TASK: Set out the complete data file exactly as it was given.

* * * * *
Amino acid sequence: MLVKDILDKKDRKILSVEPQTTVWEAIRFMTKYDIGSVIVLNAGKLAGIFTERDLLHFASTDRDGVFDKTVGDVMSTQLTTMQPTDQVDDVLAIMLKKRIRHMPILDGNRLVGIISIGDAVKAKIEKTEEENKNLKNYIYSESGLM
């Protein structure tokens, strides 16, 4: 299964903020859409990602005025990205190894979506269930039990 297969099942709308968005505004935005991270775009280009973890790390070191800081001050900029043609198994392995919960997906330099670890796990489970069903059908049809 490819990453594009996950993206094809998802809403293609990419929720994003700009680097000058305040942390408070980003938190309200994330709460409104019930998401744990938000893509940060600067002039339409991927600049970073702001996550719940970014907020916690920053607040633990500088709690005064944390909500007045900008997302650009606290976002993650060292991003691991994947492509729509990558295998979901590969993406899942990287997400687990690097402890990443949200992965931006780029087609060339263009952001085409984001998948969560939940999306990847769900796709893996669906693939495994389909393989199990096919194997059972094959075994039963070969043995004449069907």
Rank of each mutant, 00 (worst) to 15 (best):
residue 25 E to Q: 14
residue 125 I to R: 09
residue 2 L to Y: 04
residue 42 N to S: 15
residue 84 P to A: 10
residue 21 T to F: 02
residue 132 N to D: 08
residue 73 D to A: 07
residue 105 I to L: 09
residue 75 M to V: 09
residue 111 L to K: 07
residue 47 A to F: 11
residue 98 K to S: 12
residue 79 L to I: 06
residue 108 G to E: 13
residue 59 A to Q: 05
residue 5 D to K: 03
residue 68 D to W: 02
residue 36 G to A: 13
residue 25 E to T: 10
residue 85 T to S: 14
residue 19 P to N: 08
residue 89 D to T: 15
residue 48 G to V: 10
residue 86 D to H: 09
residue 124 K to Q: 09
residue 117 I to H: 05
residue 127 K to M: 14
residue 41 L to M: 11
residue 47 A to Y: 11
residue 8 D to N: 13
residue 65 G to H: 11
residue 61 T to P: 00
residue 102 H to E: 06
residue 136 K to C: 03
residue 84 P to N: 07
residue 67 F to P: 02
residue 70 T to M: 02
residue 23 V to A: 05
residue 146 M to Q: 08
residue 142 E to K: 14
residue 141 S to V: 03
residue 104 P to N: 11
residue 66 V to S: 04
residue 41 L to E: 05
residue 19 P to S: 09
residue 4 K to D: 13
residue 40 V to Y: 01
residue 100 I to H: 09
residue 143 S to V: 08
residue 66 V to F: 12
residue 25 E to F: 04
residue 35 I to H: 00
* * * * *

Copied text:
Amino acid sequence: MLVKDILDKKDRKILSVEPQTTVWEAIRFMTKYDIGSVIVLNAGKLAGIFTERDLLHFASTDRDGVFDKTVGDVMSTQLTTMQPTDQVDDVLAIMLKKRIRHMPILDGNRLVGIISIGDAVKAKIEKTEEENKNLKNYIYSESGLM
């Protein structure tokens, strides 16, 4: 299964903020859409990602005025990205190894979506269930039990 297969099942709308968005505004935005991270775009280009973890790390070191800081001050900029043609198994392995919960997906330099670890796990489970069903059908049809 490819990453594009996950993206094809998802809403293609990419929720994003700009680097000058305040942390408070980003938190309200994330709460409104019930998401744990938000893509940060600067002039339409991927600049970073702001996550719940970014907020916690920053607040633990500088709690005064944390909500007045900008997302650009606290976002993650060292991003691991994947492509729509990558295998979901590969993406899942990287997400687990690097402890990443949200992965931006780029087609060339263009952001085409984001998948969560939940999306990847769900796709893996669906693939495994389909393989199990096919194997059972094959075994039963070969043995004449069907």
Rank of each mutant, 00 (worst) to 15 (best):
residue 25 E to Q: 14
residue 125 I to R: 09
residue 2 L to Y: 04
residue 42 N to S: 15
residue 84 P to A: 10
residue 21 T to F: 02
residue 132 N to D: 08
residue 73 D to A: 07
residue 105 I to L: 09
residue 75 M to V: 09
residue 111 L to K: 07
residue 47 A to F: 11
residue 98 K to S: 12
residue 79 L to I: 06
residue 108 G to E: 13
residue 59 A to Q: 05
residue 5 D to K: 03
residue 68 D to W: 02
residue 36 G to A: 13
residue 25 E to T: 10
residue 85 T to S: 14
residue 19 P to N: 08
residue 89 D to T: 15
residue 48 G to V: 10
residue 86 D to H: 09
residue 124 K to Q: 09
residue 117 I to H: 05
residue 127 K to M: 14
residue 41 L to M: 11
residue 47 A to Y: 11
residue 8 D to N: 13
residue 65 G to H: 11
residue 61 T to P: 00
residue 102 H to E: 06
residue 136 K to C: 03
residue 84 P to N: 07
residue 67 F to P: 02
residue 70 T to M: 02
residue 23 V to A: 05
residue 146 M to Q: 08
residue 142 E to K: 14
residue 141 S to V: 03
residue 104 P to N: 11
residue 66 V to S: 04
residue 41 L to E: 05
residue 19 P to S: 09
residue 4 K to D: 13
residue 40 V to Y: 01
residue 100 I to H: 09
residue 143 S to V: 08
residue 66 V to F: 12
residue 25 E to F: 04
residue 35 I to H: 00